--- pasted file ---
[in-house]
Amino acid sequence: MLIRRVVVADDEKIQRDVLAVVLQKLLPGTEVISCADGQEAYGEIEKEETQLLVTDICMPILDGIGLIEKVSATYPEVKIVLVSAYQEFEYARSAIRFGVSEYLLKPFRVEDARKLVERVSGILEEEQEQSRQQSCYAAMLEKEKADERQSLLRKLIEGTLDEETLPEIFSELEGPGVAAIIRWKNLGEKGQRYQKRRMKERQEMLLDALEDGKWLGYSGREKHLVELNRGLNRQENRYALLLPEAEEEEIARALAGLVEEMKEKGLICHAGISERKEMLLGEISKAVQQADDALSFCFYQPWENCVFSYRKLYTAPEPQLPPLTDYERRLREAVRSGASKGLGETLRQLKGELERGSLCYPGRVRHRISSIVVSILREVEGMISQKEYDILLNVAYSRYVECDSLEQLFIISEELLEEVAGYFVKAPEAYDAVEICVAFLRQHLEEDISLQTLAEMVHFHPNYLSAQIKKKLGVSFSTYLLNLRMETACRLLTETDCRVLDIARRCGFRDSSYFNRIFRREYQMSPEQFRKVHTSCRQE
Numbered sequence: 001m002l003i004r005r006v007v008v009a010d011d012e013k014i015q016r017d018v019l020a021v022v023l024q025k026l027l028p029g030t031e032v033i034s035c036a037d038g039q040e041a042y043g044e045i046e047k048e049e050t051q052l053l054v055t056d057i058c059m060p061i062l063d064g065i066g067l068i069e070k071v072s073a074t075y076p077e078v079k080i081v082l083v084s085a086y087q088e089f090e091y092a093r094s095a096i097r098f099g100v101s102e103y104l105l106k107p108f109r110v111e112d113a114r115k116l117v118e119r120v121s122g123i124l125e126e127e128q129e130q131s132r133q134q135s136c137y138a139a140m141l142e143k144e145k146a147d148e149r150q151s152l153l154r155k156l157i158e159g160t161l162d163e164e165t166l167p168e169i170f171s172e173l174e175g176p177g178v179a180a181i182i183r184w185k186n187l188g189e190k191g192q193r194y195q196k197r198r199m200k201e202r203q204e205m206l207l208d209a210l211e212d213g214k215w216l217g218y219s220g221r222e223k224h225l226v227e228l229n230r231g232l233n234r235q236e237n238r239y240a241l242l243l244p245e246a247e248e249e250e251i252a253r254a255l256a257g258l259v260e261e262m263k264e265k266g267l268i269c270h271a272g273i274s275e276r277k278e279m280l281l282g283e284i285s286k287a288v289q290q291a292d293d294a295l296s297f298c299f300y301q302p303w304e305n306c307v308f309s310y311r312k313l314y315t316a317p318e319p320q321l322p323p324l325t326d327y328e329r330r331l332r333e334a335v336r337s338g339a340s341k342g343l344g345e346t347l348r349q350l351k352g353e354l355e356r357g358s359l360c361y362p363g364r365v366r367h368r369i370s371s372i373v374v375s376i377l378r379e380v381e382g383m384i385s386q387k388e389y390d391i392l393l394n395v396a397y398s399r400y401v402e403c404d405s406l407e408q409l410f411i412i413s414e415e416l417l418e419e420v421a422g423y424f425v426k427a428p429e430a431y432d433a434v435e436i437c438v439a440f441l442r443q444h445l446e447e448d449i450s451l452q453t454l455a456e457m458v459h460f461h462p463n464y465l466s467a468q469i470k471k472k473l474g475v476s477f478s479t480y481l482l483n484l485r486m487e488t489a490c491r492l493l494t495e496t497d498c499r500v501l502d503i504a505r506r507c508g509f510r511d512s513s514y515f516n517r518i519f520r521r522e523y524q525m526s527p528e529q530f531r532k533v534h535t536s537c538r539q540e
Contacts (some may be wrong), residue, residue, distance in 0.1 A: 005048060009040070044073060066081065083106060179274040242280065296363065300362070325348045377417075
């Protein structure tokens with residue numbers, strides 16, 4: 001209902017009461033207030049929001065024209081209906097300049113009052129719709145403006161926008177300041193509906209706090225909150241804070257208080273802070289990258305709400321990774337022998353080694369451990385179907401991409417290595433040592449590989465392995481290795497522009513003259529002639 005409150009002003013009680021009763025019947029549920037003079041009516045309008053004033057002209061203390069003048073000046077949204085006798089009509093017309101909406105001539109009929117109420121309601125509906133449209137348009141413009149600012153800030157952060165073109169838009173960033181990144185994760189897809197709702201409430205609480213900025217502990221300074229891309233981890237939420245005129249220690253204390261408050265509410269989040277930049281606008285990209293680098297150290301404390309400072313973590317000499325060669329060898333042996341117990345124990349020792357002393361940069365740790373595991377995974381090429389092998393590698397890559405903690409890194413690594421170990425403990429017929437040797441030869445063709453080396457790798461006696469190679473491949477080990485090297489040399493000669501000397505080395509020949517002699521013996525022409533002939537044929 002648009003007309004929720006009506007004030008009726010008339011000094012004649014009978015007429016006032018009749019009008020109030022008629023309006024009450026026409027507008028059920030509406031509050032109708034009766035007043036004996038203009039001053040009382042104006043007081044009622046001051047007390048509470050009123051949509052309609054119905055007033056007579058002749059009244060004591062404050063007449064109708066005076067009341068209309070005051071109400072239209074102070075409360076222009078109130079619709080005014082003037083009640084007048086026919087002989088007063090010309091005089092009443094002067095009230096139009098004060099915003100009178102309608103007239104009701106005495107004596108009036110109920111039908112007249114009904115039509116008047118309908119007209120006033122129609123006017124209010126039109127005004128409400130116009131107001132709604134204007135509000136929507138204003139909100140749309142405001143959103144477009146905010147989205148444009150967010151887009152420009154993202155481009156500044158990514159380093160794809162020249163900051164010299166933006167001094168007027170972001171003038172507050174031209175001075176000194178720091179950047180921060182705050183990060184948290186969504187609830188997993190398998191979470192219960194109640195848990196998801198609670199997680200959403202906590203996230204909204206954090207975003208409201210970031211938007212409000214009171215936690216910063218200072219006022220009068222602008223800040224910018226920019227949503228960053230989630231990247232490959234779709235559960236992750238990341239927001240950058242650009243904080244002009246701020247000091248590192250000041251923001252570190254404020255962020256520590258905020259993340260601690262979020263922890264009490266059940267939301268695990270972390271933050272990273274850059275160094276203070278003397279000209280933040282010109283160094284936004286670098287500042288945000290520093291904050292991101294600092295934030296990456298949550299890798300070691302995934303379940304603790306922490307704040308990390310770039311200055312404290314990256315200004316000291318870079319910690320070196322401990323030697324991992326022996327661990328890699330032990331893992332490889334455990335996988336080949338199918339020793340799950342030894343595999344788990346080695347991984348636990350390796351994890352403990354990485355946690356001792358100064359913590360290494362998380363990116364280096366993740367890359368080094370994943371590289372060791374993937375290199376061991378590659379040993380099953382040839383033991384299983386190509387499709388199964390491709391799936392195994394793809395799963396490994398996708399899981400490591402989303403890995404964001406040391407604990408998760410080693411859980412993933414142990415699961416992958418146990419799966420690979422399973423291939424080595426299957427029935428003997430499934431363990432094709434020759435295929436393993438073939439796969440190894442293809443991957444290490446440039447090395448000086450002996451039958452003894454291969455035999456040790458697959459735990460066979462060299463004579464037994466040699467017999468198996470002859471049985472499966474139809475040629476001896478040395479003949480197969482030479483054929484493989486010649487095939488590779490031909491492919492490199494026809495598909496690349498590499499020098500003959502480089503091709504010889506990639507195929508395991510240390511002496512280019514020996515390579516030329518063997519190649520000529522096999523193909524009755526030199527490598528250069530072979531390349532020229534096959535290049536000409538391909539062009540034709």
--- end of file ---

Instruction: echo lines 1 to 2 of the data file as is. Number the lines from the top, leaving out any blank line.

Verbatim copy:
[in-house]
Amino acid sequence: MLIRRVVVADDEKIQRDVLAVVLQKLLPGTEVISCADGQEAYGEIEKEETQLLVTDICMPILDGIGLIEKVSATYPEVKIVLVSAYQEFEYARSAIRFGVSEYLLKPFRVEDARKLVERVSGILEEEQEQSRQQSCYAAMLEKEKADERQSLLRKLIEGTLDEETLPEIFSELEGPGVAAIIRWKNLGEKGQRYQKRRMKERQEMLLDALEDGKWLGYSGREKHLVELNRGLNRQENRYALLLPEAEEEEIARALAGLVEEMKEKGLICHAGISERKEMLLGEISKAVQQADDALSFCFYQPWENCVFSYRKLYTAPEPQLPPLTDYERRLREAVRSGASKGLGETLRQLKGELERGSLCYPGRVRHRISSIVVSILREVEGMISQKEYDILLNVAYSRYVECDSLEQLFIISEELLEEVAGYFVKAPEAYDAVEICVAFLRQHLEEDISLQTLAEMVHFHPNYLSAQIKKKLGVSFSTYLLNLRMETACRLLTETDCRVLDIARRCGFRDSSYFNRIFRREYQMSPEQFRKVHTSCRQE